My taste in books is rather eclectic, to say the least. As long as it’s not gory or scary there is a good chance that I’ll eventually be in the mood for almost any genre.
My defaults are always biographies and historical fiction though. And because this has been a downer year for my family I’m not interested in being saddened by books these days. This first volume of RAGB is quite the mix as you’ll see below.
A little self-help(ish), historical biographies, and a favorite famous person bring you this volume’s reviews.
At Home With Madame Chic. I’m a fan of Jennifer Scott and her Ten Item Wardrobe so I was excited to get my hands on her newest book. I did something a bit different (for me) and downloaded the Kindle version because that was the least expensive way to buy it at the time. (I believe that there are now used copies going for less than the Kindle version). I enjoyed spending a few hours reading tips on how to make everyday life more exciting by dressing well, using the best of everything that we have, decluttering and being in the present moment. If none of that sounds particularly enthralling to you then skip this book. There is nothing groundbreaking and probably very little that is especially French about the tips found in here.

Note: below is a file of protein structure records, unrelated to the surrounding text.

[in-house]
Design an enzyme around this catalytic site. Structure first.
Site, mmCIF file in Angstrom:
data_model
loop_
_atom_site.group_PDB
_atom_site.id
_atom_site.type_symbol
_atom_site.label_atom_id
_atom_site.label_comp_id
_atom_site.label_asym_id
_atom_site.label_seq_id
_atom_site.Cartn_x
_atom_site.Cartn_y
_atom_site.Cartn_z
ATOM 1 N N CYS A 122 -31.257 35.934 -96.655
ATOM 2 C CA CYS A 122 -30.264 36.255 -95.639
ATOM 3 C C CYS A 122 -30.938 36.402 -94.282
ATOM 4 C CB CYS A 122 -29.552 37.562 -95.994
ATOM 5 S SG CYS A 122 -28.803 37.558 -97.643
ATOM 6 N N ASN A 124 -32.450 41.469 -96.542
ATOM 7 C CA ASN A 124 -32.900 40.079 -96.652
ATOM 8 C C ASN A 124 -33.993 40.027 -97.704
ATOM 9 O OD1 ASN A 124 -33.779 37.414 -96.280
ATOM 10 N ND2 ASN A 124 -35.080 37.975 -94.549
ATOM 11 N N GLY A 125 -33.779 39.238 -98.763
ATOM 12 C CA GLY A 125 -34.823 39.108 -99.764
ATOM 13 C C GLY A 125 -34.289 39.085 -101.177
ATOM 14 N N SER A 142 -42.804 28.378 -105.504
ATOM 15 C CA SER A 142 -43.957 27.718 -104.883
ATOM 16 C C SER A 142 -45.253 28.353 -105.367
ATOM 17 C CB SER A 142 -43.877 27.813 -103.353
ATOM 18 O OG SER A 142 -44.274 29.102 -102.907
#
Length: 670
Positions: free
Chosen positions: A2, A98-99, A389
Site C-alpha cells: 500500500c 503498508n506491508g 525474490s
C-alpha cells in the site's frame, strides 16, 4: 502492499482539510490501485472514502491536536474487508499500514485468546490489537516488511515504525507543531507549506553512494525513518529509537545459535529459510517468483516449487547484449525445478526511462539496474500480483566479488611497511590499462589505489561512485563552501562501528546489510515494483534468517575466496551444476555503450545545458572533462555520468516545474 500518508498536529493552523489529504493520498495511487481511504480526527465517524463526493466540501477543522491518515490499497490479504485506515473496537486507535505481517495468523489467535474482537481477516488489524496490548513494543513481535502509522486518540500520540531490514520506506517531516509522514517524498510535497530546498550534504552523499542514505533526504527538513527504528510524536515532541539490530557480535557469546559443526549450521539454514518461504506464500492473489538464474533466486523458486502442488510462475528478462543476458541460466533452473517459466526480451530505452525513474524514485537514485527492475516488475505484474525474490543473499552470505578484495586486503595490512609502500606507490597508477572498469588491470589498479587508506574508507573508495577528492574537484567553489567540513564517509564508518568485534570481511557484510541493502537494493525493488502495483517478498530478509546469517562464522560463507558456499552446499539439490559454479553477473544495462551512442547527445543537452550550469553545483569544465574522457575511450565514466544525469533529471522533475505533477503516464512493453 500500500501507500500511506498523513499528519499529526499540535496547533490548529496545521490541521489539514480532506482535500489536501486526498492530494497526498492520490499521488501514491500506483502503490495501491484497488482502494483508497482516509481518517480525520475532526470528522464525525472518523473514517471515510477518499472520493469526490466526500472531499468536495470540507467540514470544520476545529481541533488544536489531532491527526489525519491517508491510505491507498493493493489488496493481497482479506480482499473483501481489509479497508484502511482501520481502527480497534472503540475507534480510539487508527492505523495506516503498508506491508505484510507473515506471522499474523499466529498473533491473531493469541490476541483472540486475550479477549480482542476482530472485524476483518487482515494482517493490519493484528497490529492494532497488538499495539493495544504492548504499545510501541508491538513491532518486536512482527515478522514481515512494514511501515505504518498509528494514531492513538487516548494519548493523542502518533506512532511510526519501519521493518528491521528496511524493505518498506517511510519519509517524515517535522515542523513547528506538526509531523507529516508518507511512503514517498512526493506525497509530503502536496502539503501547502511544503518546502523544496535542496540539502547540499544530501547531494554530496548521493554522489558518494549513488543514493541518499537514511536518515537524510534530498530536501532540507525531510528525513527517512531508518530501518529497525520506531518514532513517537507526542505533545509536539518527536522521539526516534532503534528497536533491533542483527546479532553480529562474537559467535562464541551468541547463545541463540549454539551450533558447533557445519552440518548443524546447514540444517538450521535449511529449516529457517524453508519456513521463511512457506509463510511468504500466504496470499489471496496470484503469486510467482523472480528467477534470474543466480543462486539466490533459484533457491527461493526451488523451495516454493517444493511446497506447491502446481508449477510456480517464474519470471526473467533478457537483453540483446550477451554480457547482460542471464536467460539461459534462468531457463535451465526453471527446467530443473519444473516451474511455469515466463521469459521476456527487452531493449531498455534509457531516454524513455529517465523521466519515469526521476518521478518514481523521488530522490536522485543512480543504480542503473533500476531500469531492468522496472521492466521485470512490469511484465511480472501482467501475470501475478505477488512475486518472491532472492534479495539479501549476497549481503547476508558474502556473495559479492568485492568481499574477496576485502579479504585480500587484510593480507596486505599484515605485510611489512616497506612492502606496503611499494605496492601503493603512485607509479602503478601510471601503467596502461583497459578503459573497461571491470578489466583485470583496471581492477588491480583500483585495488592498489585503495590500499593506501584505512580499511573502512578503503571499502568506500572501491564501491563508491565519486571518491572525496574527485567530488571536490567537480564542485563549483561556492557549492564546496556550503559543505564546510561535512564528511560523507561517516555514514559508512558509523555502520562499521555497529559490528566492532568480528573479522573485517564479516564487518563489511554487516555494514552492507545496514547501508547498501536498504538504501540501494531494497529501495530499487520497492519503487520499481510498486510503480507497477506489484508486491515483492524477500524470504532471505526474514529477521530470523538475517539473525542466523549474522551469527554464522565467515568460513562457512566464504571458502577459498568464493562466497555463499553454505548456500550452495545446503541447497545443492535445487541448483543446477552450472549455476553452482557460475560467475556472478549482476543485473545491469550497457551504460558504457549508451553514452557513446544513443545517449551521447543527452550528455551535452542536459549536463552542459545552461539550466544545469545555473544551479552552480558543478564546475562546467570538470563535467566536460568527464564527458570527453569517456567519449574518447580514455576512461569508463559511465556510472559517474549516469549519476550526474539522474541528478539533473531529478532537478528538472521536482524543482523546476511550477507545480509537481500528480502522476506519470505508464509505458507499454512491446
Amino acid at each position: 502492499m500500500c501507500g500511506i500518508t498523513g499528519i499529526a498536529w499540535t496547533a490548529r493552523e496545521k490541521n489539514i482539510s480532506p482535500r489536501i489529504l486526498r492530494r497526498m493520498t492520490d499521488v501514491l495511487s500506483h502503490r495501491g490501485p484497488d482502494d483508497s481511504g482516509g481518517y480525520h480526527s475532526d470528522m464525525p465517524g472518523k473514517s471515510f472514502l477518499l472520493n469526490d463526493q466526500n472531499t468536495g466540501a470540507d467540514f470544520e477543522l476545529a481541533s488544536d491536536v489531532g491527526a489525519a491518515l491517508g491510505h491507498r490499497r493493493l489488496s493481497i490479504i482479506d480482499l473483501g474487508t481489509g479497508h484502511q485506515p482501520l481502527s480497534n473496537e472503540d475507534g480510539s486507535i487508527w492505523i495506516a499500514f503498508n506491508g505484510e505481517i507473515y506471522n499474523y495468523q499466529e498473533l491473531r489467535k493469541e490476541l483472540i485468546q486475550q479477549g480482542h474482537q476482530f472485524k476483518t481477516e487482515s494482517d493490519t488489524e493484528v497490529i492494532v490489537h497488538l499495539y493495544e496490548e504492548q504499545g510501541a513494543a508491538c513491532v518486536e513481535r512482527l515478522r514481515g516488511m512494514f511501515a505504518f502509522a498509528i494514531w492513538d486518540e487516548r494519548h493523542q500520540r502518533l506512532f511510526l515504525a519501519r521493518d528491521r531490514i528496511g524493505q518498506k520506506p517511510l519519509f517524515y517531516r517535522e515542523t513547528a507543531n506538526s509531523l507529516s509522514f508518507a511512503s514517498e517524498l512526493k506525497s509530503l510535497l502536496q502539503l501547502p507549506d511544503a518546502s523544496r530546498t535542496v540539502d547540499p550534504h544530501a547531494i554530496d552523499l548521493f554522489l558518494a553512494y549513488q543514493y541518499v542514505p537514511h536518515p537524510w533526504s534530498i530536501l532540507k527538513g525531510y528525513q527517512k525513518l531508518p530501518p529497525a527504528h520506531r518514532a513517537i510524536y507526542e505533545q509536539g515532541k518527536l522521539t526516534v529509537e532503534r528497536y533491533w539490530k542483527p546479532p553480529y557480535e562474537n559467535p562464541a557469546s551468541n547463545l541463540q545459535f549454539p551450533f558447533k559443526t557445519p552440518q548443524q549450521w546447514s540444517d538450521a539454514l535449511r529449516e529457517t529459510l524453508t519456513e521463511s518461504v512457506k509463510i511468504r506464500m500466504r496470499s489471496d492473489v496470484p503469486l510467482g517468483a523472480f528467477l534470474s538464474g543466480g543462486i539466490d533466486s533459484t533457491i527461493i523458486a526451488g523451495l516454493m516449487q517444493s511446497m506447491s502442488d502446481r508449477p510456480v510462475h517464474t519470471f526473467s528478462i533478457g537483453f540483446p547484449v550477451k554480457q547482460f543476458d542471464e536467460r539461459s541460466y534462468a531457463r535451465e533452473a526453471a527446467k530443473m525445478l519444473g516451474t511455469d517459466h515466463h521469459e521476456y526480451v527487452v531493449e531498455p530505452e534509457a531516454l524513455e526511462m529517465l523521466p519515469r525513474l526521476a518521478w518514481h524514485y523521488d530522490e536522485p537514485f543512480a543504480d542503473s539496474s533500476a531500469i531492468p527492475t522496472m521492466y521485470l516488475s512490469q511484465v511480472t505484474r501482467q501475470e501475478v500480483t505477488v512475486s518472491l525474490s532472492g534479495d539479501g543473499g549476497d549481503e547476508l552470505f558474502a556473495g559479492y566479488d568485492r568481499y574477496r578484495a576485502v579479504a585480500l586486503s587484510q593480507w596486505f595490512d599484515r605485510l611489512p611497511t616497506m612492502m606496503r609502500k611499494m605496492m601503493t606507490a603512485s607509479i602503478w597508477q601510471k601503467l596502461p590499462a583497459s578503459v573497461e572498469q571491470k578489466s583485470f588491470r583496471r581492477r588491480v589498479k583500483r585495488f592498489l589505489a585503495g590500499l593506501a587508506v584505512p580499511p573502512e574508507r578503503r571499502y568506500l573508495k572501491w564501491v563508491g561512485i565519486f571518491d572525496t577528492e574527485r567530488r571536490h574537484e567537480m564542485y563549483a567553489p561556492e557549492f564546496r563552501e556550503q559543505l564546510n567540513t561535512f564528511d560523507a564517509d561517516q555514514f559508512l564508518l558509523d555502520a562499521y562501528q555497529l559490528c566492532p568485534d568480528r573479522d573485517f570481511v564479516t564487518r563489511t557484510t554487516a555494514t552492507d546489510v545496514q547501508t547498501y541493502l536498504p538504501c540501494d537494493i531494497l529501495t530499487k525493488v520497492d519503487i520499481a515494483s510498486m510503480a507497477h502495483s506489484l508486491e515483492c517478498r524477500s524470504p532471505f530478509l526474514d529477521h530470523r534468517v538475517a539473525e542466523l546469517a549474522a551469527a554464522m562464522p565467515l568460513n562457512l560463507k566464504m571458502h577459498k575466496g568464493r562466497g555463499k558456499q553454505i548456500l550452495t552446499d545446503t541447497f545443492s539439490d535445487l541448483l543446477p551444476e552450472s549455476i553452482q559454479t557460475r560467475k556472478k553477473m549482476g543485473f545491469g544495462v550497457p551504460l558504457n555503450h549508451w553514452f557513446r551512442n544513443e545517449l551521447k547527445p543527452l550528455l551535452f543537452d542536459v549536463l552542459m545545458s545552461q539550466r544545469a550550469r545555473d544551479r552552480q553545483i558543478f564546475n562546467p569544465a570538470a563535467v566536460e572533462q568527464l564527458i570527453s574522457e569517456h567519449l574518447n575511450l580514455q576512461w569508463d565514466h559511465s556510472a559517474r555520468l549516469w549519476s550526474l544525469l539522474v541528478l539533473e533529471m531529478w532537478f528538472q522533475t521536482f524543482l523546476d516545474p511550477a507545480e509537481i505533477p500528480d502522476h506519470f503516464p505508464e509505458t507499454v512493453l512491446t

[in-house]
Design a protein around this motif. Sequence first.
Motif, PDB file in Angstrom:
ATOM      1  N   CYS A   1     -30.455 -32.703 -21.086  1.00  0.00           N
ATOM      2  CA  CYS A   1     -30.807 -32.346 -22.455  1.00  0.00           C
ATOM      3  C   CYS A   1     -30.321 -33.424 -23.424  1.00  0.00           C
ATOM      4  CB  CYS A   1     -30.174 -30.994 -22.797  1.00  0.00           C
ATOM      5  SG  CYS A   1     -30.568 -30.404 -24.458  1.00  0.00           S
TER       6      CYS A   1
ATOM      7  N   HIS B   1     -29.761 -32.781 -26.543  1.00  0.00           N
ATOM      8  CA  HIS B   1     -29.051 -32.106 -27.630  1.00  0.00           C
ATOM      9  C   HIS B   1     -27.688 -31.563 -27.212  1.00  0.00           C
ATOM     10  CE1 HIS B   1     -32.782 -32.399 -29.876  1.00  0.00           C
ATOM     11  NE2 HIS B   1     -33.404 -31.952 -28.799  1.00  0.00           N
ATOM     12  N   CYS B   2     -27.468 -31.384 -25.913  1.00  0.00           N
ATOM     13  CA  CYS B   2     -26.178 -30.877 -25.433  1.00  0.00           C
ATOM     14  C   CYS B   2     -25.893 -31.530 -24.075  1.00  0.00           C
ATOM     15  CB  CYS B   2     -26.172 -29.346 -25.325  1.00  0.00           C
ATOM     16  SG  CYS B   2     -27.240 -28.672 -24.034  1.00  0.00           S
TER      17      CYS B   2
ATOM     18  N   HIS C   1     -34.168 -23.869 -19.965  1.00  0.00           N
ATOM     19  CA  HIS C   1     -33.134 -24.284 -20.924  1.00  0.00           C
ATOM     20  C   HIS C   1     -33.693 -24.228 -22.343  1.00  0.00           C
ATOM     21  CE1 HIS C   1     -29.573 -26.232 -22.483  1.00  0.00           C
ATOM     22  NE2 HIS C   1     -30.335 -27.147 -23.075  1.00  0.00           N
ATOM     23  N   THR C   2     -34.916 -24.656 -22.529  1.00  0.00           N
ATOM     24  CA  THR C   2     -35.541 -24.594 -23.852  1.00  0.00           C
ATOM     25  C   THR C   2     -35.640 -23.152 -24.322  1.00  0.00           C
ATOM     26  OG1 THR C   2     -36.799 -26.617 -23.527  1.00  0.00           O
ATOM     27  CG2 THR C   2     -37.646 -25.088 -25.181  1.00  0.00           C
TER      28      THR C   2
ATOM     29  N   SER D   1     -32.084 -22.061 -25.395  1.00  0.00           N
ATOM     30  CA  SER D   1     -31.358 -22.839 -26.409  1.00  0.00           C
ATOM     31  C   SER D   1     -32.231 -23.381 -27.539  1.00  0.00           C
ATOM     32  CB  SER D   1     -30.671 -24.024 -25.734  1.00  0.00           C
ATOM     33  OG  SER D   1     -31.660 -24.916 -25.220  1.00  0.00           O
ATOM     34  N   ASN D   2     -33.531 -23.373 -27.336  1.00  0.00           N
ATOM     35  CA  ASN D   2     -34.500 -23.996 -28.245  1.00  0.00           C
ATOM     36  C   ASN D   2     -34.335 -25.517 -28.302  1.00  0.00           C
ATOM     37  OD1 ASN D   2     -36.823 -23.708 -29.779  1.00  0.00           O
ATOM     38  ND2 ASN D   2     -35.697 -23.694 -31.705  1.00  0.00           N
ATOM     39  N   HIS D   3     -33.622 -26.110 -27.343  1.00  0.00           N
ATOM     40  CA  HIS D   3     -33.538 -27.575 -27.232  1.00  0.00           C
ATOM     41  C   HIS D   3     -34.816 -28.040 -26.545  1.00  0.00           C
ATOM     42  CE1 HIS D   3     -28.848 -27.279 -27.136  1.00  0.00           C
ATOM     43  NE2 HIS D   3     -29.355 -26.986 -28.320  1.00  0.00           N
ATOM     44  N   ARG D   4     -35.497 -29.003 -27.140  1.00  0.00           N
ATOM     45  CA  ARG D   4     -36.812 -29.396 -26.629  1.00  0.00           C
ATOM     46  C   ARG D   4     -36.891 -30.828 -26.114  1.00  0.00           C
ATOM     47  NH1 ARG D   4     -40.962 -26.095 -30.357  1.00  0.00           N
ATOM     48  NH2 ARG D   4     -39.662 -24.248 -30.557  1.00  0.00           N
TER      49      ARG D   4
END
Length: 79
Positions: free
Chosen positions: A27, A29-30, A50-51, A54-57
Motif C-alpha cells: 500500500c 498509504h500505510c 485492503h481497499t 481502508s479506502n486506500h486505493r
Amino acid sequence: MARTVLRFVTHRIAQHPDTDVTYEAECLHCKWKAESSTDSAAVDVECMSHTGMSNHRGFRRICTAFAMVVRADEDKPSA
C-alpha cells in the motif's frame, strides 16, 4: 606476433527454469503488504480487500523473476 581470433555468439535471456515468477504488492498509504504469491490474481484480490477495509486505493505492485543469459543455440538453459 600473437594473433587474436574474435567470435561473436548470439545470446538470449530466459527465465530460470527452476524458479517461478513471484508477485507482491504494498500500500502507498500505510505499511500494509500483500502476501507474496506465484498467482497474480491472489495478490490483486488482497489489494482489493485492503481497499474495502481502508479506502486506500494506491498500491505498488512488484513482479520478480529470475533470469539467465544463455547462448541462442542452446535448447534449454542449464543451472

Given the year that my family has had I enjoyed the emphasis on making each day special, particularly because we never know how many days we’ll have.
On the negative side I felt that the book was poorly edited in a few places – twice we’re told that Ms. Scott bakes two cakes at once and freezes the second one for later. On the other hand, parts of this also felt over-edited and less in Ms. Scott’s voice than her previous work. I don’t read many books that fall into the “Self-Help” category but the introduction was VERY HEAVY with self-help talk and really turned me off. Maybe people looking for just that kind of thing will be more receptive to it.
Someday, Someday Maybe? Gilmore Girls is my favorite show ever and I’m not afraid to admit that the sole reason I picked this up was because it was by Lauren Graham. It’s the story of a struggling New York Actress at the beginning of her career. It was another super quick read and gets bonus points for the 90s references.
The Greatest Generation. Tom Brokaw’s collection of vignettes of the World War II generation and their experiences before, during and after the war. I love this period in history, Tom Brokaw and biographies so I’m not an unbiased reviewer here. But if you’re looking for something approachable for learning about WWII, read this! The individual stories are only a few pages rather than the crazy dense chapters that are normally found in history books.